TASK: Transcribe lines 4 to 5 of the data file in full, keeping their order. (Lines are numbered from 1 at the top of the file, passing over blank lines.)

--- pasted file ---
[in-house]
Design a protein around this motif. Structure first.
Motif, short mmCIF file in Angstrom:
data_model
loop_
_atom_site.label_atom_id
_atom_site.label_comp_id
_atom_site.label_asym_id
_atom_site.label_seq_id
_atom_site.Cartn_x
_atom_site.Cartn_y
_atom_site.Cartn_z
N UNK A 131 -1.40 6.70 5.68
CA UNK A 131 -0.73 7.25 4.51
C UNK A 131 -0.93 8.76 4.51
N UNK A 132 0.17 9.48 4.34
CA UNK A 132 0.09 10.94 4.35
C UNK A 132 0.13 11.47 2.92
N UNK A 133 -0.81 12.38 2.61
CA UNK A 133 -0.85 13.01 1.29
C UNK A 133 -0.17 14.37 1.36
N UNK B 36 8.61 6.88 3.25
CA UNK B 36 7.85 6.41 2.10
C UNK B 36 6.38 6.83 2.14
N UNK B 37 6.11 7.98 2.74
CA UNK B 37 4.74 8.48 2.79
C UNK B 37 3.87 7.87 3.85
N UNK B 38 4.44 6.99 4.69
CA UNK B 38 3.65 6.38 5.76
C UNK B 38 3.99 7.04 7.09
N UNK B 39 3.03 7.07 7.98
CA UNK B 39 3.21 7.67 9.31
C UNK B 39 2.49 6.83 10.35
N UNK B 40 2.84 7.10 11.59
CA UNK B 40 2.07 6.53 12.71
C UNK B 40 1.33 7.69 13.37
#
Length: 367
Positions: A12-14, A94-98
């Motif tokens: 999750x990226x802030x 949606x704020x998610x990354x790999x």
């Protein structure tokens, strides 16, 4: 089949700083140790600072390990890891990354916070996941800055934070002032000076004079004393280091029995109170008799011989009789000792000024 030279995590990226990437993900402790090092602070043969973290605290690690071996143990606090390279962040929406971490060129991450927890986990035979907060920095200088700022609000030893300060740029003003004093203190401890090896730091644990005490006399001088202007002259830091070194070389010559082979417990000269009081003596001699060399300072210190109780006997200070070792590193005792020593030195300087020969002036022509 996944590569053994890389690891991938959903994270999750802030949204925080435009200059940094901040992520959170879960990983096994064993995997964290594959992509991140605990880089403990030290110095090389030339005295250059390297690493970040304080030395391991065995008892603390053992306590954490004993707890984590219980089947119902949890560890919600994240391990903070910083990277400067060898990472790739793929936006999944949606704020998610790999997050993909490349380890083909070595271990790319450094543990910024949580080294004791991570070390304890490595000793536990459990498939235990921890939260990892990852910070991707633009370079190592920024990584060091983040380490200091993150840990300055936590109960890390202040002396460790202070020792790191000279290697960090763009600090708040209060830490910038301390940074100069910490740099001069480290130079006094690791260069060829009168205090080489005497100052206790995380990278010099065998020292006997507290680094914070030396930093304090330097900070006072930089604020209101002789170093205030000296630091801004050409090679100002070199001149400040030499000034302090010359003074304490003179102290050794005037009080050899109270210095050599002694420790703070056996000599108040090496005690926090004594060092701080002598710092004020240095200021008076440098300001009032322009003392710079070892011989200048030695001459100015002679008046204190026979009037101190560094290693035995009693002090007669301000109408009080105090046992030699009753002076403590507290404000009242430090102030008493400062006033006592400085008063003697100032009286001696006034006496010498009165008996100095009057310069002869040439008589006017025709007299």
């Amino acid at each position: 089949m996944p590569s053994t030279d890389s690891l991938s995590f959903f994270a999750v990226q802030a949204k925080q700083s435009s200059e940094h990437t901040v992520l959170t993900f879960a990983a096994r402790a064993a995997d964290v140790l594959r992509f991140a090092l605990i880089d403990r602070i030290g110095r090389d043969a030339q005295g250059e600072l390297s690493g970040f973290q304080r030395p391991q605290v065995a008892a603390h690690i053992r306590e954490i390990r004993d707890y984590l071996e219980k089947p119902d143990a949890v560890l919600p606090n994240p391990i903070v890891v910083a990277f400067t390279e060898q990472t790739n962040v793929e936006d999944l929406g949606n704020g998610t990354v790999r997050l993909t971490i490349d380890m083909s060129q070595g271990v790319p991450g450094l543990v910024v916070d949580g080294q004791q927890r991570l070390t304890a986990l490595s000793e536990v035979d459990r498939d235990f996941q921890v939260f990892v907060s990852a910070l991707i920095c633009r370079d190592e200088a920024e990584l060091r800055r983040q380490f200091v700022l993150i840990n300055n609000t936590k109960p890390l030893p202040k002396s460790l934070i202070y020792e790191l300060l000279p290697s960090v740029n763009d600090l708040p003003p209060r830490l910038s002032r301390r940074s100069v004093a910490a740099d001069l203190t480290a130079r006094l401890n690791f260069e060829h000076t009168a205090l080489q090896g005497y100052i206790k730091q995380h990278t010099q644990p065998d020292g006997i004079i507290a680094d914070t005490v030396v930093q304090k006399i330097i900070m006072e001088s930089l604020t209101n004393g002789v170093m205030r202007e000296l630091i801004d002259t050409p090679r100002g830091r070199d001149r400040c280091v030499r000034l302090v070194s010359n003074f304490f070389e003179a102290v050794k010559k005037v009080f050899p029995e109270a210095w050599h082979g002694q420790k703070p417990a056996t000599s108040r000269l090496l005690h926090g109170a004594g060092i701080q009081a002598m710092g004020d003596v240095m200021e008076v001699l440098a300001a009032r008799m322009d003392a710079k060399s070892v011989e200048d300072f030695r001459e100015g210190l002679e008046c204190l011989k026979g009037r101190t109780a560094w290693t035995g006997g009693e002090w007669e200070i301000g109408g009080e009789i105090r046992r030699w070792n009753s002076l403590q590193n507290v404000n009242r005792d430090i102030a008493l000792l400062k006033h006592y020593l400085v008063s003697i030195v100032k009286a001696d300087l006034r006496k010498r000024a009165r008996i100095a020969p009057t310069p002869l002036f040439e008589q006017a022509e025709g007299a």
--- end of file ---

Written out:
data_model
loop_